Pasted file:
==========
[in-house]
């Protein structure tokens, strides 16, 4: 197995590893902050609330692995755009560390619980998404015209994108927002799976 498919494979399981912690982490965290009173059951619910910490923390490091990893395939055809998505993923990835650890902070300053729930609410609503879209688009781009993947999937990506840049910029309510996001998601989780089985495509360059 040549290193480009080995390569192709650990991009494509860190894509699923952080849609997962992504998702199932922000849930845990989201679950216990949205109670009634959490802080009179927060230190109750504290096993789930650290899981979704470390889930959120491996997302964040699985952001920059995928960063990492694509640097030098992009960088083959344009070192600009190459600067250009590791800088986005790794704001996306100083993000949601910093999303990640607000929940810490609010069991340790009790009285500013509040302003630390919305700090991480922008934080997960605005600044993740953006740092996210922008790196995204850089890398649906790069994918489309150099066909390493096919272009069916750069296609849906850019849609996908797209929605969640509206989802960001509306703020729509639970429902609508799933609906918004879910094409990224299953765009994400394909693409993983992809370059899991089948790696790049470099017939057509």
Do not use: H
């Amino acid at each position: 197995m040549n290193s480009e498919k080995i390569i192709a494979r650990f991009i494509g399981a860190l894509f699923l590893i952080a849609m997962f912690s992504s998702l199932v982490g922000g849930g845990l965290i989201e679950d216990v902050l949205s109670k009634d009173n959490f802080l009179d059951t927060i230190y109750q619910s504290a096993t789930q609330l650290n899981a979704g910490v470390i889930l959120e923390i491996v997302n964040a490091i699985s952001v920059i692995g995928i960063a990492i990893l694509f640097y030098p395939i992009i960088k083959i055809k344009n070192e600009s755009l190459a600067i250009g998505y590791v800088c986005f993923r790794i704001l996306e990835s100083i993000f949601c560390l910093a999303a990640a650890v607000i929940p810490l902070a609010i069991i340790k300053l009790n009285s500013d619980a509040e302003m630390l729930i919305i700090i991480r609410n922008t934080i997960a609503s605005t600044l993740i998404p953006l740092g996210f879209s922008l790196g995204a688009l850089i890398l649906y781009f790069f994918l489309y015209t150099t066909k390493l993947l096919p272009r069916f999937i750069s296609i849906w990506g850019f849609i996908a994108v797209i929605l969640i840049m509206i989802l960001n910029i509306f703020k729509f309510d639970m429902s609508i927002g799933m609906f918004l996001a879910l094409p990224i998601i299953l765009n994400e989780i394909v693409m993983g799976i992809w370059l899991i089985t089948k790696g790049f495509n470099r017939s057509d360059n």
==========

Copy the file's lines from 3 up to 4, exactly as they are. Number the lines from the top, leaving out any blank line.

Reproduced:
Do not use: H
């Amino acid at each position: 197995m040549n290193s480009e498919k080995i390569i192709a494979r650990f991009i494509g399981a860190l894509f699923l590893i952080a849609m997962f912690s992504s998702l199932v982490g922000g849930g845990l965290i989201e679950d216990v902050l949205s109670k009634d009173n959490f802080l009179d059951t927060i230190y109750q619910s504290a096993t789930q609330l650290n899981a979704g910490v470390i889930l959120e923390i491996v997302n964040a490091i699985s952001v920059i692995g995928i960063a990492i990893l694509f640097y030098p395939i992009i960088k083959i055809k344009n070192e600009s755009l190459a600067i250009g998505y590791v800088c986005f993923r790794i704001l996306e990835s100083i993000f949601c560390l910093a999303a990640a650890v607000i929940p810490l902070a609010i069991i340790k300053l009790n009285s500013d619980a509040e302003m630390l729930i919305i700090i991480r609410n922008t934080i997960a609503s605005t600044l993740i998404p953006l740092g996210f879209s922008l790196g995204a688009l850089i890398l649906y781009f790069f994918l489309y015209t150099t066909k390493l993947l096919p272009r069916f999937i750069s296609i849906w990506g850019f849609i996908a994108v797209i929605l969640i840049m509206i989802l960001n910029i509306f703020k729509f309510d639970m429902s609508i927002g799933m609906f918004l996001a879910l094409p990224i998601i299953l765009n994400e989780i394909v693409m993983g799976i992809w370059l899991i089985t089948k790696g790049f495509n470099r017939s057509d360059n």